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Has cc not worked for anyone?

(15 Posts)
sausagecake Wed 24-Sep-08 12:22:43

Just wandering. Have reached breaking point with the lack of sleep. DD 17mo and I have tried everything else.

HonoriaGlossop Wed 24-Sep-08 13:26:52

I remember trying it a for a short while but DS was never having any of it - if it had worked within a few days I would have been very happy but it didn't; DS seemed to just need someone with him in order to get off to sleep and that's what we did for ages. I was happier doing that and all of us having a calm, happy evening, than having him cry.

What sort of problems do you have with your DD? What have you tried?

sausagecake Wed 24-Sep-08 13:58:04

She takes between 1-2 hours before getting to sleep and wakes between 3-6 times a night. We rarely get her down before 9pm. When she wakes through the night she will get out of bed and come to me for a cuddle and nipple to sooth or she will sit up in bed and cry until I get to her. I co-sleep most of the time but this is very exhausting as she is a noisy and physical sleeper. Have done all the usual routines previously mentioned ie bath, story, cuddles + bed. Porridge before bed, lavender rub and bubble bath, light music, night light, complete darkness, the list goes on. CC is the only thing I have not tried. Dad works nights so is unable to assist at all.

thebecster Wed 24-Sep-08 13:59:56

Might be wrong, but 17mo sounds a bit old for doing cc - might be quite traumatic for all of you. Have you tried gradual withdrawal? (CC did work for us like a charm, but DS was 7 mo)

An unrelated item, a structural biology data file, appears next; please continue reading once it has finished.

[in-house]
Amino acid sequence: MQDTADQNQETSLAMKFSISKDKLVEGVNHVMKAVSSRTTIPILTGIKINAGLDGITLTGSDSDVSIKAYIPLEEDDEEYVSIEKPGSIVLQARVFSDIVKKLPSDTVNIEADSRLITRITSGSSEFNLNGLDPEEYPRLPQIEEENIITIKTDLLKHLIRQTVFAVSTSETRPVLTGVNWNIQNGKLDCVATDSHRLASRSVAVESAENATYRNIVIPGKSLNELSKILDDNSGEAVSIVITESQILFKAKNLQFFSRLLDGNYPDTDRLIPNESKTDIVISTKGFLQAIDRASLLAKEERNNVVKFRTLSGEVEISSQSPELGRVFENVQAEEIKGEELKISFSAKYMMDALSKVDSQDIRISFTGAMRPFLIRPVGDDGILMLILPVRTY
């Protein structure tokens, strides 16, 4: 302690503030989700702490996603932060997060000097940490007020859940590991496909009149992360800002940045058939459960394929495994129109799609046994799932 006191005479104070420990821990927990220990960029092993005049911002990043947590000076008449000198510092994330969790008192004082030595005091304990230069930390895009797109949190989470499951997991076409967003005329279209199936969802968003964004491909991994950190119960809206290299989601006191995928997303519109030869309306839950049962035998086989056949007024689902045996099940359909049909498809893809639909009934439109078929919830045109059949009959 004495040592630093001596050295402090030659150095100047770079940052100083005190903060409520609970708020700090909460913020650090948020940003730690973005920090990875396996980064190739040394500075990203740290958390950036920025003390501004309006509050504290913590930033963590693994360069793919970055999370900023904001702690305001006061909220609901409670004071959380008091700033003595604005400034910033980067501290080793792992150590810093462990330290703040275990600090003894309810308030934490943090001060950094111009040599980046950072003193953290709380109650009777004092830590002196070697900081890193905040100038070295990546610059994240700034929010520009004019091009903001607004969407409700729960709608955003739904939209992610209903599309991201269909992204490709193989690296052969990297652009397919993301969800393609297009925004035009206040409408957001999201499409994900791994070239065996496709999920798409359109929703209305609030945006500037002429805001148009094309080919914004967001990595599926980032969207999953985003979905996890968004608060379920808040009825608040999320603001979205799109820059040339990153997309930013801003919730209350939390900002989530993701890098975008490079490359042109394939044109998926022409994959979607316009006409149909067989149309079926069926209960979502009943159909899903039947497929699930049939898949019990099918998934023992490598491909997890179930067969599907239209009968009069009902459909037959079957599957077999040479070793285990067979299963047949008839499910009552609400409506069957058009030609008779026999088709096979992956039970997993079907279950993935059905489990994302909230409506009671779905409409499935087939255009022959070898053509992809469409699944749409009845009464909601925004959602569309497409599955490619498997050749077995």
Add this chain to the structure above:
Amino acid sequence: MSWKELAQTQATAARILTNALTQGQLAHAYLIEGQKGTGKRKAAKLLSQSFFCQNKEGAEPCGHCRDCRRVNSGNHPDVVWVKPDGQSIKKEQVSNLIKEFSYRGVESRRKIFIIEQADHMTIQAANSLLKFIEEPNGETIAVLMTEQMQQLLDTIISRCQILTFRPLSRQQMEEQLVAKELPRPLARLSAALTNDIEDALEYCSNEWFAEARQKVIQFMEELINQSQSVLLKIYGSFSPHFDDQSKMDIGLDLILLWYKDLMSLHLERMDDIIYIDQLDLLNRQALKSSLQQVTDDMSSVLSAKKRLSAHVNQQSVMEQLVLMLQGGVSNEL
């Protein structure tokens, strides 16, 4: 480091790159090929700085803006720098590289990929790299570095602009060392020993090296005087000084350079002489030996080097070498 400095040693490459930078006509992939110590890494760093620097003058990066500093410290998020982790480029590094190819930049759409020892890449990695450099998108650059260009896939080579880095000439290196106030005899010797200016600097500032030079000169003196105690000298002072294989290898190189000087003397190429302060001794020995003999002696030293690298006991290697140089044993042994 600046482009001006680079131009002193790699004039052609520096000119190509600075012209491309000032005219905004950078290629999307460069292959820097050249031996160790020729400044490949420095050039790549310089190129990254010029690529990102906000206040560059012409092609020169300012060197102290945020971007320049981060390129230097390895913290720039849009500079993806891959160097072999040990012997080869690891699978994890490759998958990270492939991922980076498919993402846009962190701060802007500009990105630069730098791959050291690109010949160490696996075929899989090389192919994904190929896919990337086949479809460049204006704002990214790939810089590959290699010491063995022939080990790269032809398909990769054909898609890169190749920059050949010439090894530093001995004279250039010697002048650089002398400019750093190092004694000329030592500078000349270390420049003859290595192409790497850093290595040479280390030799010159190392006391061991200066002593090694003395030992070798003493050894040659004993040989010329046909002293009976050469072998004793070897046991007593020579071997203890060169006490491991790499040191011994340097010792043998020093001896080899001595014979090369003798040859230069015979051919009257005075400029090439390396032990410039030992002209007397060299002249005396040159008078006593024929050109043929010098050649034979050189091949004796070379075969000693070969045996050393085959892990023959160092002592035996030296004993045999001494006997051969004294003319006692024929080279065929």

HonoriaGlossop Wed 24-Sep-08 14:02:42

Why not co-sleep with her in your double bed, as Dad is not there using it!!!! It would at least help with the night wakings?

Sounds like you have a very good nightime routine. My ds was similar - needed people when he woke! He still takes a good while to drop off...perhaps some kids find it hard to switch off, and you obviously couldn't be doing more to relax her.

If this was me, I would sit with her while she drops off (making it clear that if she gets up and/or messes about, I will leave). Then if/when she wakes in the night, take her into the big bed.

Don't know what you think of that, or have you already tried??

Egg Wed 24-Sep-08 14:04:01

We hired a night nanny for DD (at 6 months) who basically did CC I think. Well whenever DD woke up she checked she was ok (not face down etc), checked she had her Blankie, and then left her. Then checked her again every 5-10 mins until she fell asleep. She never picked her up at all.

It took 11 nights though, to get her to sleep through til at least 6am.

She does wake up now sometimes (8.5 months) but always settles herself within a couple of mins.

The night nanny slept in same room as DD (DD is one of DTs so we moved her up into loft so as not to disturb DS2).

CaptainKarvol Wed 24-Sep-08 14:09:11

Yes, sorry, me.

I've written about it before, partly because I think it's important to give 'the other side of the story'.

We tried cc for 5 nights when DS was about 19 months or so, it was hell, it didn't even come close to working.

That said, I know one mum in real life who did it for 2 solid weeks before seeing any results.

I wasn't prepared to do that, but I managed to cope with the sleep deprivation.

DS is 2.6 and still needs us for 30 mins to an hour while he falls asleep, and then once or twice in the night. I co-sleep with him after he wakes up in the night, which helps me to cope.

If you go down that route, I'd say that most people see results within 3-4 nights, and experience 'angry' rather than 'hysterical' crying from their LO.

I promise, it's obvious if it isn't working.

And although I felt rotten about doing that to DS at the time, he has had no lasting ill effects at all. I felt it was something I had to at least try, because sleep deprivation is awful for everyone. You have my absolute sympathy.

sausagecake Wed 24-Sep-08 14:10:26